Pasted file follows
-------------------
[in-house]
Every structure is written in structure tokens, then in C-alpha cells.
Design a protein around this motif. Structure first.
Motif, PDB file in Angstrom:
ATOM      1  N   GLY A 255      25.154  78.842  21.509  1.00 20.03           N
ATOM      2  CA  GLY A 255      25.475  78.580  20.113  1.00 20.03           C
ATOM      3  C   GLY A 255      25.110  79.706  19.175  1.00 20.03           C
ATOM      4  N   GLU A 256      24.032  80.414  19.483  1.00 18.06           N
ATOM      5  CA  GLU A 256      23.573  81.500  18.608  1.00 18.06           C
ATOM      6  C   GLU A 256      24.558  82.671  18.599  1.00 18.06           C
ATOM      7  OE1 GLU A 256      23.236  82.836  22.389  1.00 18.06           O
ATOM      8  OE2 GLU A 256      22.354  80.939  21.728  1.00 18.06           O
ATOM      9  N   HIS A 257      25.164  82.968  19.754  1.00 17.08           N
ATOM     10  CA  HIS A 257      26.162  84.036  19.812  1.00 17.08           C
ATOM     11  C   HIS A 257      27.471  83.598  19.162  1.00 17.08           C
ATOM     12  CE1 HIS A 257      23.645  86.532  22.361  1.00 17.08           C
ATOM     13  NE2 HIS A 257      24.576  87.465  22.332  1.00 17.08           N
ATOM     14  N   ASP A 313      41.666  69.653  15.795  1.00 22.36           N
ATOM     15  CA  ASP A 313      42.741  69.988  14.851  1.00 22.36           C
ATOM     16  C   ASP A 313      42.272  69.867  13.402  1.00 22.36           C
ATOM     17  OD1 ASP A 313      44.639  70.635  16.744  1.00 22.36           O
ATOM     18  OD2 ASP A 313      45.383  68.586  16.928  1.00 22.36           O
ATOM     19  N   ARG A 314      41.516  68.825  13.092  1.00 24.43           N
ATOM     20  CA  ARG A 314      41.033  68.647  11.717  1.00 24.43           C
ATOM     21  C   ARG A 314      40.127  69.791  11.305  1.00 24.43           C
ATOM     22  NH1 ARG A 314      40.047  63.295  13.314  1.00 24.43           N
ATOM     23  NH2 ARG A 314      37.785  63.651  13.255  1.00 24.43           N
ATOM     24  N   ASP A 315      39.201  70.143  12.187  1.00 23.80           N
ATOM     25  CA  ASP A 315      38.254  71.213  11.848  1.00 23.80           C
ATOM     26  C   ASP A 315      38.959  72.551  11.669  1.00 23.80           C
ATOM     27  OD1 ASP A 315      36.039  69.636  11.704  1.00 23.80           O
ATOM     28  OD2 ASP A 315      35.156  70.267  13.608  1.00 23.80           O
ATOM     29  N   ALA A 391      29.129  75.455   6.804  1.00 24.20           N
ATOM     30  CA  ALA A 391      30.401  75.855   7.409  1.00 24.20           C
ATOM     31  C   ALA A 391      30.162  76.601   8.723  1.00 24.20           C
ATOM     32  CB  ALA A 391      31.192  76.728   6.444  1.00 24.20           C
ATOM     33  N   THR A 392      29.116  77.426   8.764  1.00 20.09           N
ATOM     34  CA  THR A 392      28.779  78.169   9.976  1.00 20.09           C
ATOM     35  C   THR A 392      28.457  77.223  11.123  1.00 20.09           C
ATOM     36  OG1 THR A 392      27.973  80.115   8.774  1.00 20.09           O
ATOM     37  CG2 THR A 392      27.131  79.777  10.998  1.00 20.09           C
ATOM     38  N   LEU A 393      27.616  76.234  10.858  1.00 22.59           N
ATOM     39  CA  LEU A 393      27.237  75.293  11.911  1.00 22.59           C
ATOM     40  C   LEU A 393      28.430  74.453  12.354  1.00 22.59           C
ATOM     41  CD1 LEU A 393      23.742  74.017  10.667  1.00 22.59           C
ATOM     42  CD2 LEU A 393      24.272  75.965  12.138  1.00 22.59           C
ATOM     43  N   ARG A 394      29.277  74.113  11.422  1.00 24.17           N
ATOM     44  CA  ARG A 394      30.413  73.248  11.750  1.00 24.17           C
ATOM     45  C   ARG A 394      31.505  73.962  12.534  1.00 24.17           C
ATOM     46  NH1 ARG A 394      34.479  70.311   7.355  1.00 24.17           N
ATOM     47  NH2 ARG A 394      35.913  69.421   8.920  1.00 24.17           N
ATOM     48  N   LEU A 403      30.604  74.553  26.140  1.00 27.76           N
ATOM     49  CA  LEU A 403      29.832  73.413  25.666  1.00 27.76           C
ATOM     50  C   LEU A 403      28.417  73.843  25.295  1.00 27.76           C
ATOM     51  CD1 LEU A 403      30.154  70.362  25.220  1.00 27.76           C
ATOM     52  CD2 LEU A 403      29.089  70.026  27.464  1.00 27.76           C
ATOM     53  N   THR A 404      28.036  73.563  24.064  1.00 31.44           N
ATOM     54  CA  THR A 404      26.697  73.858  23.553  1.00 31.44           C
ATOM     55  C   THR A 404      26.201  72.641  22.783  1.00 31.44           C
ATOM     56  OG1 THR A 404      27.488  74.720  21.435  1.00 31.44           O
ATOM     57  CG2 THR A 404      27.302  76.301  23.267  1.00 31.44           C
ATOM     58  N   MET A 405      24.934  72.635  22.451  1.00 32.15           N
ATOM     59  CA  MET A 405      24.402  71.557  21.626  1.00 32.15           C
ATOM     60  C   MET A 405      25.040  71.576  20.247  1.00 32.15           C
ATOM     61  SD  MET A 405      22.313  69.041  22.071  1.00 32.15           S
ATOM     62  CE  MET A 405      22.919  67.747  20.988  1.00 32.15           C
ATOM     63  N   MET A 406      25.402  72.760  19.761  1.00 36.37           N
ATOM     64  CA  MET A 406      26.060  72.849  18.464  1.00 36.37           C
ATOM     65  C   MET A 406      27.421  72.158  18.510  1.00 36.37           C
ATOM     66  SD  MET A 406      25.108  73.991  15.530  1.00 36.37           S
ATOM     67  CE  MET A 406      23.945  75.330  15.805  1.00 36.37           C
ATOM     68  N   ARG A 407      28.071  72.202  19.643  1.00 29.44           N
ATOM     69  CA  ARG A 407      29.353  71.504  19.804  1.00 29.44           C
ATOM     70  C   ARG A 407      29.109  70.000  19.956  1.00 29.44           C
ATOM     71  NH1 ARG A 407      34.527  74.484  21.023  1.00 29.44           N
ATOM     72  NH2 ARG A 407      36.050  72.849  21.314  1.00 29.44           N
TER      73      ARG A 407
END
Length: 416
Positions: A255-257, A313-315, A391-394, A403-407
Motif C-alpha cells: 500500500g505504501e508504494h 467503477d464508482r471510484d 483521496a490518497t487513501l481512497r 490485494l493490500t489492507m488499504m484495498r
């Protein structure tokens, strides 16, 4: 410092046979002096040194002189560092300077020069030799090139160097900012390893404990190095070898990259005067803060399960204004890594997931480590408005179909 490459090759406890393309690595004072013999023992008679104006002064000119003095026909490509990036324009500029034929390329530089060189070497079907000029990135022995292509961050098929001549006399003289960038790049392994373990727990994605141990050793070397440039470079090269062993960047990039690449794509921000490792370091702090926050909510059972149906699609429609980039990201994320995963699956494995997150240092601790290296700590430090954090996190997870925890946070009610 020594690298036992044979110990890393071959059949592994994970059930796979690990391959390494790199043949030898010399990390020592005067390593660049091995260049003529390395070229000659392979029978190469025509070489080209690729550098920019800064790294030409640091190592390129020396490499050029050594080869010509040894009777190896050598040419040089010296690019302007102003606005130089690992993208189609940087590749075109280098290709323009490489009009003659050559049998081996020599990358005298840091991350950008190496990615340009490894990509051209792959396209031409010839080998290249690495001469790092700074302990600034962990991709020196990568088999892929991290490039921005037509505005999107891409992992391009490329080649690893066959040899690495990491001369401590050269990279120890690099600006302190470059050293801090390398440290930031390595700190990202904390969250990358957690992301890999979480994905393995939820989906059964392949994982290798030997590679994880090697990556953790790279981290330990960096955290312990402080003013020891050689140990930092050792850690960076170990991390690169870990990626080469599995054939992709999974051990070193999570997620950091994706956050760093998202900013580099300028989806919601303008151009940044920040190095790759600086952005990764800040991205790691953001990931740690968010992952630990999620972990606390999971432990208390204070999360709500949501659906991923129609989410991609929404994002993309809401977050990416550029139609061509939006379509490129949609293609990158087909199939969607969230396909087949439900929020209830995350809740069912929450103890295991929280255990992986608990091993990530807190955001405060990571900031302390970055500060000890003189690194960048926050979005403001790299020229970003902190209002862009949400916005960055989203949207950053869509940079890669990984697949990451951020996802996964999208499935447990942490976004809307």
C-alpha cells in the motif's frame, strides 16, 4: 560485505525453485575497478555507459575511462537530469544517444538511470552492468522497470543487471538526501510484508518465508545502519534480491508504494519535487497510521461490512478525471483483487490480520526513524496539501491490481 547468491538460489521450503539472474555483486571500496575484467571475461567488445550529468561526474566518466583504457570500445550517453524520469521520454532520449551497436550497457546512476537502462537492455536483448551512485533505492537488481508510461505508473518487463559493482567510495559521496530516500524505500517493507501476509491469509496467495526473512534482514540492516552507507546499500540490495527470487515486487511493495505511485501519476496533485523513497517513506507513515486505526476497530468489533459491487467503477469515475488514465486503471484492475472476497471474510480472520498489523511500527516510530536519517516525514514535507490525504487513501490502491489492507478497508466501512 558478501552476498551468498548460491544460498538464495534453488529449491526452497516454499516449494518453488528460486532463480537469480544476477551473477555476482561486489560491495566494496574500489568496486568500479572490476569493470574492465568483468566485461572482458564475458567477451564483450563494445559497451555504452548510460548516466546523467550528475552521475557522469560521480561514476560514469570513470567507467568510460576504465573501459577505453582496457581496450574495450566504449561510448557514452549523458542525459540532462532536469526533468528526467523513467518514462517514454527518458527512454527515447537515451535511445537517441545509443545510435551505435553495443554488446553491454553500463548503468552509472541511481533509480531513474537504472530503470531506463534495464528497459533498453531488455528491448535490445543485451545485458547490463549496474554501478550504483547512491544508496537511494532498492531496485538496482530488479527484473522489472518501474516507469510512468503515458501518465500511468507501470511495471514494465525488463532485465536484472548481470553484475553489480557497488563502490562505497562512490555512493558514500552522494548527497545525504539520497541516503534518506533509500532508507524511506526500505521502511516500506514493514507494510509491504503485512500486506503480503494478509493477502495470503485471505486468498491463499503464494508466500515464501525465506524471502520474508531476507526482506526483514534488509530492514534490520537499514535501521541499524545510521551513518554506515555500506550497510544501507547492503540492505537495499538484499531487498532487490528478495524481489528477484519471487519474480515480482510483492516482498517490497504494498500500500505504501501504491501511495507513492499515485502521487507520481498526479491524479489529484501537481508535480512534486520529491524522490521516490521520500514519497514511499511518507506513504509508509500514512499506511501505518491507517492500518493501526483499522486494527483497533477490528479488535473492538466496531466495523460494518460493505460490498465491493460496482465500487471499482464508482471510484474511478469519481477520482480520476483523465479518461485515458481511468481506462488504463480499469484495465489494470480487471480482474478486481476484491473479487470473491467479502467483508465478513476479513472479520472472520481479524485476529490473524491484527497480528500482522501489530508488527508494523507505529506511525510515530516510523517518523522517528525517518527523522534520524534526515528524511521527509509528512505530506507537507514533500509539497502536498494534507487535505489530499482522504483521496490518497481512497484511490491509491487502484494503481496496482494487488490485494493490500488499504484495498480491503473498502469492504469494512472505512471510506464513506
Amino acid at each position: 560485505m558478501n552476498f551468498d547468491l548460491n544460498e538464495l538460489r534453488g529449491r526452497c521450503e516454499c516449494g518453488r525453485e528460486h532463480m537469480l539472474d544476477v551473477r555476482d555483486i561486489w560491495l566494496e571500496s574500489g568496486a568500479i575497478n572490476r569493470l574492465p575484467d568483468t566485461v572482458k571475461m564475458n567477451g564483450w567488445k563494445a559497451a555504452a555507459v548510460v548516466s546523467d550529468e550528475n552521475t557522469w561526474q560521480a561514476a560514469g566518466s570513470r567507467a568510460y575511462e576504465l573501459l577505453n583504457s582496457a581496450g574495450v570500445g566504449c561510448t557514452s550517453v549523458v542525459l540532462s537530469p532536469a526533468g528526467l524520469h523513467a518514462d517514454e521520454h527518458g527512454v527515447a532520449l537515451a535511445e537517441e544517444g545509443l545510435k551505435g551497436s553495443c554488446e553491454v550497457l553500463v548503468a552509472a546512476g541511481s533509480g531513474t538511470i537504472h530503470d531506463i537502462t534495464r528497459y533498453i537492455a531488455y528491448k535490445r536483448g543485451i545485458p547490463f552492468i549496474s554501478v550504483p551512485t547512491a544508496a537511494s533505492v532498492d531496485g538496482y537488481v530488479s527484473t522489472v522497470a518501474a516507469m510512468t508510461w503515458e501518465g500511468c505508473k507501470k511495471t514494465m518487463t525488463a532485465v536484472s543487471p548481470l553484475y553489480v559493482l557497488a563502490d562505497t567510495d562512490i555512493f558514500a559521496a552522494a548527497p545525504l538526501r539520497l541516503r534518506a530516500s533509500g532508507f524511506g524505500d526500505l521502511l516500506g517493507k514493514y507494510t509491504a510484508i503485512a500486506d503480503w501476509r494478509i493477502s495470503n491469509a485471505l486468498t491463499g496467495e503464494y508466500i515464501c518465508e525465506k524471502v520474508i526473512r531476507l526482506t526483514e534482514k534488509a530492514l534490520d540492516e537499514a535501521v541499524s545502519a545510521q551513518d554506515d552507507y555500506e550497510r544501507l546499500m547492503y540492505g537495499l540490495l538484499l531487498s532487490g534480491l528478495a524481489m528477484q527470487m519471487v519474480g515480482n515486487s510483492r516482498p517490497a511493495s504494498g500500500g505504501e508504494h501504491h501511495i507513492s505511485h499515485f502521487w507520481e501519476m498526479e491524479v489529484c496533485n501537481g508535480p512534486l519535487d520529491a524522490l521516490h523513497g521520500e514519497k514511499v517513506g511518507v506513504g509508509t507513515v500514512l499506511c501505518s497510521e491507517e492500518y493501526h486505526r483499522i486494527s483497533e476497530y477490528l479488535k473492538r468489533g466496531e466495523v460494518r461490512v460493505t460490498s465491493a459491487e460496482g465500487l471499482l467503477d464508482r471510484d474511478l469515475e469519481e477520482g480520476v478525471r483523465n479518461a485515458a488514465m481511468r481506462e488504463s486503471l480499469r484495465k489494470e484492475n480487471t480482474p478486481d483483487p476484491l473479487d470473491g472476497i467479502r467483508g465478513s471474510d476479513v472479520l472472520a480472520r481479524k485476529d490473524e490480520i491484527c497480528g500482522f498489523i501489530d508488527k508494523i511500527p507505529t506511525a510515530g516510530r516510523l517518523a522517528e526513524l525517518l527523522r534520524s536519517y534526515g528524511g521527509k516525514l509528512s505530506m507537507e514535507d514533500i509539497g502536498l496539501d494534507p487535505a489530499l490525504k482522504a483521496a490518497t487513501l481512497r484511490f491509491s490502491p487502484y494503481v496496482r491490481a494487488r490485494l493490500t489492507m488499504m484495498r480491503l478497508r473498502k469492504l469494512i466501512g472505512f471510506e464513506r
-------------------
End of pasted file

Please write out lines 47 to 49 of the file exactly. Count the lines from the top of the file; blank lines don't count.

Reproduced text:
ATOM     43  N   ARG A 394      29.277  74.113  11.422  1.00 24.17           N
ATOM     44  CA  ARG A 394      30.413  73.248  11.750  1.00 24.17           C
ATOM     45  C   ARG A 394      31.505  73.962  12.534  1.00 24.17           C